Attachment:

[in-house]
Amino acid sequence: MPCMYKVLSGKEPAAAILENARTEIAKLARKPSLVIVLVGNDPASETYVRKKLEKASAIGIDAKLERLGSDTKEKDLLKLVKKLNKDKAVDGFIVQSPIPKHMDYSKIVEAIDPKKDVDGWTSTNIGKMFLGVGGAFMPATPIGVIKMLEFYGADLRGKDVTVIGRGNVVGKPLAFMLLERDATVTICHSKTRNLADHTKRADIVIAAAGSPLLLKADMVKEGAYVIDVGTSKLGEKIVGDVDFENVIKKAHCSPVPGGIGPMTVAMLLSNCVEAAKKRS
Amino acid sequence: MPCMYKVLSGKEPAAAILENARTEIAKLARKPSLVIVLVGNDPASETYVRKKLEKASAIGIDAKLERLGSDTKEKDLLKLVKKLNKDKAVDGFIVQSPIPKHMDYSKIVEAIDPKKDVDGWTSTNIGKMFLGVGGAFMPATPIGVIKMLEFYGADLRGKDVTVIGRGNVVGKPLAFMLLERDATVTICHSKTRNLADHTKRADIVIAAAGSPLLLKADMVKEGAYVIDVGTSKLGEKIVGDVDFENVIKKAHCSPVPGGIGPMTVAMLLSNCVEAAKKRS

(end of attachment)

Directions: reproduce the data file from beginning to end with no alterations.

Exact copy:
[in-house]
Amino acid sequence: MPCMYKVLSGKEPAAAILENARTEIAKLARKPSLVIVLVGNDPASETYVRKKLEKASAIGIDAKLERLGSDTKEKDLLKLVKKLNKDKAVDGFIVQSPIPKHMDYSKIVEAIDPKKDVDGWTSTNIGKMFLGVGGAFMPATPIGVIKMLEFYGADLRGKDVTVIGRGNVVGKPLAFMLLERDATVTICHSKTRNLADHTKRADIVIAAAGSPLLLKADMVKEGAYVIDVGTSKLGEKIVGDVDFENVIKKAHCSPVPGGIGPMTVAMLLSNCVEAAKKRS
Amino acid sequence: MPCMYKVLSGKEPAAAILENARTEIAKLARKPSLVIVLVGNDPASETYVRKKLEKASAIGIDAKLERLGSDTKEKDLLKLVKKLNKDKAVDGFIVQSPIPKHMDYSKIVEAIDPKKDVDGWTSTNIGKMFLGVGGAFMPATPIGVIKMLEFYGADLRGKDVTVIGRGNVVGKPLAFMLLERDATVTICHSKTRNLADHTKRADIVIAAAGSPLLLKADMVKEGAYVIDVGTSKLGEKIVGDVDFENVIKKAHCSPVPGGIGPMTVAMLLSNCVEAAKKRS